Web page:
Electromagnetically Driven Ultra Fast Motors


Manufacturing complicated free formsurfaces for industrial applications include:

  • Optical tracking and pointing systems with fine steering mirrors
  • Active and adpotive optics in laser systems and large telescopes
  • Engravers for cutting printing plates
  • Fast tool servos (FTS)

Problem Addressed

Increasingly complex free form surfaces are being used in industry. An example of this is the manufacture of nanometer-scaled resolution free form surfaces and films for brightness enhancement and controlled reflectivity, sinewave ring mirrors used in CO2-laser resonators, molds for contact lenses, and micro-optical devices such as Fresnel lenses, multi-focal lenses and microlens arrays. One method of realizing these designs is the use of fast tool servos (FTS), which are high bandwidth positioning devices that can produce free form surfaces with nanometer-scale resolution in conjunction with an ultra-precision lathe and diamond tooling. A consequence of increasing the design complexity is that surfaces require more components to be in shorter spatial wavelengths. This requires advanced FTS designs which have high bandwidth, high acceleration and high accuracy.


The invention is an ultra-fast motor with an associated controlling mechanism to achieve higher acceleration, accuracy, and bandwidth than previous FTS systems. The system has a bandwidth of over 20 kHz and greater than 1000G acceleration, while maintaining nanometer resolution. In addition, a power amplifier was designed for driving the high bandwidth ultra-fast motors, a real time computer architecture was designed for controlling the FTS capable of over 1 million samples per second, an integration method for integrating the ultra-fast FTS into commercial diamond turning machines was developed, and a collection of direct sensing and manufacturing methods were developed to enable efficient high acceleration, accuracy and bandwidth nanoscale featured surface generation.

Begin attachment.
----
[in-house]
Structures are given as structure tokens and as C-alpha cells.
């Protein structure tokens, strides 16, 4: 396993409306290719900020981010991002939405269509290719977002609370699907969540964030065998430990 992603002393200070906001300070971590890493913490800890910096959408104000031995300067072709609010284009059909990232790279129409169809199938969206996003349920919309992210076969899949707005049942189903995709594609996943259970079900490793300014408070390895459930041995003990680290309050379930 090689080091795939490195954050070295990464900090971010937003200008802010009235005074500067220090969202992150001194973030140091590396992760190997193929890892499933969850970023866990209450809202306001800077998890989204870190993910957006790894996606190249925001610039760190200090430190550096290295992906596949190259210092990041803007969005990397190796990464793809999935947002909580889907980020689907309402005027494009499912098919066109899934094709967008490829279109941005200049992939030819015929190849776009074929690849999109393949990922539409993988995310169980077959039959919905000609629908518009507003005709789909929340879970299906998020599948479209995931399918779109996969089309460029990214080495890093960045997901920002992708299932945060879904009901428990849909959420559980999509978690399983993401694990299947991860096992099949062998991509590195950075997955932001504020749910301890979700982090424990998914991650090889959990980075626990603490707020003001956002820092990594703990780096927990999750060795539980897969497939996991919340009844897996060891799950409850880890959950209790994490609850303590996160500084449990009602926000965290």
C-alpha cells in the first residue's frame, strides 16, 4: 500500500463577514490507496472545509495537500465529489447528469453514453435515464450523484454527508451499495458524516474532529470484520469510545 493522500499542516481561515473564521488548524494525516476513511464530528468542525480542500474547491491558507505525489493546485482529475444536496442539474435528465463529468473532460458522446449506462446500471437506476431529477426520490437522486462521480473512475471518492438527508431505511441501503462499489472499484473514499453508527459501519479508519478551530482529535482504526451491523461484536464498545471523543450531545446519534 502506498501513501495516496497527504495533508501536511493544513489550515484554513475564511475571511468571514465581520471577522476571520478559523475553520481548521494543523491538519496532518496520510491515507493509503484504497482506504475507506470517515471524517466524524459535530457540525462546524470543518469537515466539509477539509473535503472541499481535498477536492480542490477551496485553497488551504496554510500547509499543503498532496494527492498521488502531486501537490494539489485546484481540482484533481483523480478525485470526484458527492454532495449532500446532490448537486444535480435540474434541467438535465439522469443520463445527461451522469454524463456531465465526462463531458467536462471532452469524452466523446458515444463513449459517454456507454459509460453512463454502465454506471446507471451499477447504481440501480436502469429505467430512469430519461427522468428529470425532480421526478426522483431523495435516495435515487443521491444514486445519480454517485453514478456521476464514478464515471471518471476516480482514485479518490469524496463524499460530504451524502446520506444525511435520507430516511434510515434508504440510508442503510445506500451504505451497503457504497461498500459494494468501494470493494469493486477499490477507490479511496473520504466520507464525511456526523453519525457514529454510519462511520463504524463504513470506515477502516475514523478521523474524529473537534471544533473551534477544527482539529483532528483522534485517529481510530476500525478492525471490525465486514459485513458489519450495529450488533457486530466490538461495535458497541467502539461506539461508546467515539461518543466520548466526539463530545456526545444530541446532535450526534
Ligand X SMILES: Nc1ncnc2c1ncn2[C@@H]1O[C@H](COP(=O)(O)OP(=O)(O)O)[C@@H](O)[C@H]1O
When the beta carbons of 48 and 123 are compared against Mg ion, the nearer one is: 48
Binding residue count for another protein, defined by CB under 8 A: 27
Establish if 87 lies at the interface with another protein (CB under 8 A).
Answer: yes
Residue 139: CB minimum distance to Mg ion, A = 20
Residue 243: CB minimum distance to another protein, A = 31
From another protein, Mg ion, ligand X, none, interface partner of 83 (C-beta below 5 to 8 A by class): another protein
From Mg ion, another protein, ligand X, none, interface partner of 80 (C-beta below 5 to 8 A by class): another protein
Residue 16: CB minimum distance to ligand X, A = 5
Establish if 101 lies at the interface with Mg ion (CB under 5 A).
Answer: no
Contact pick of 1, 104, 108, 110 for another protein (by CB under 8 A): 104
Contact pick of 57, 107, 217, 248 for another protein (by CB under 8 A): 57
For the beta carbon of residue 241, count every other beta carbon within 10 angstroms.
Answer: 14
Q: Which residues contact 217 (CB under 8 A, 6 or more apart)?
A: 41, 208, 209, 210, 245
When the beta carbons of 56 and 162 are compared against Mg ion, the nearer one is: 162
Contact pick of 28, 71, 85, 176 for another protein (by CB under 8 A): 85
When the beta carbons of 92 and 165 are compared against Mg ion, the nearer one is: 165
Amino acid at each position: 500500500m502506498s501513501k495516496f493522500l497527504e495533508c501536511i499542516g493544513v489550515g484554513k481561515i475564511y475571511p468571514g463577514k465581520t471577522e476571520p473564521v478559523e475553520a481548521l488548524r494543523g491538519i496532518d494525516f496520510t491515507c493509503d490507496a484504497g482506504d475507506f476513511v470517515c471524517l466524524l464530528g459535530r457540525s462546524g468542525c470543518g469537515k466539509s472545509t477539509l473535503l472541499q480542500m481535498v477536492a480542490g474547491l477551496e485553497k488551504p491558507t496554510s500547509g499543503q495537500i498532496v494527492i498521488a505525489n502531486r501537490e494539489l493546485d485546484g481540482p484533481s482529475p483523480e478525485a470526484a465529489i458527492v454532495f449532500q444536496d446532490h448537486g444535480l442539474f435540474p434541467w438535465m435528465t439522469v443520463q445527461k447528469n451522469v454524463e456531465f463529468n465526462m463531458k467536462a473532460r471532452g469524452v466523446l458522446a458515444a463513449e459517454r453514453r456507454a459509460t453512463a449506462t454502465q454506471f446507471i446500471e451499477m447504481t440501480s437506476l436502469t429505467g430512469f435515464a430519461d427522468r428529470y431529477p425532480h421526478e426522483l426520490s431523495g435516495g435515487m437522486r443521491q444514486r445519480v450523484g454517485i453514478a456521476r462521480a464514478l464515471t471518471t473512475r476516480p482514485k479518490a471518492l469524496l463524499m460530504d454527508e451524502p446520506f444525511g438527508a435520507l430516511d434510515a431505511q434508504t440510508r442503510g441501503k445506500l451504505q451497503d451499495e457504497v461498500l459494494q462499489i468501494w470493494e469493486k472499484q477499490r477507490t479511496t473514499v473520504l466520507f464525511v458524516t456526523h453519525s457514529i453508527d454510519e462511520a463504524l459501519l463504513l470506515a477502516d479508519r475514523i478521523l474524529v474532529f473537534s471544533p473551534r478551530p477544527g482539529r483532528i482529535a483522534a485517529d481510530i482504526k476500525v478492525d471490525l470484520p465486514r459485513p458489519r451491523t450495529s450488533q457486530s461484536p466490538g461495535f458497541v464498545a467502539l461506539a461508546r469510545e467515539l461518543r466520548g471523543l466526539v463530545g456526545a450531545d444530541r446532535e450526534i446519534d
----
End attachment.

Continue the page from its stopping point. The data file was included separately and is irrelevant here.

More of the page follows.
• >20 kHz bandwidth FTS control, >1000G acceleration, nanometer-scale resolution
  • Improved linearity
  • Improved acceleration due to full armature surface area usage in generating actuation
  • More actuating force generated without overheating coils or saturating solenoid flux path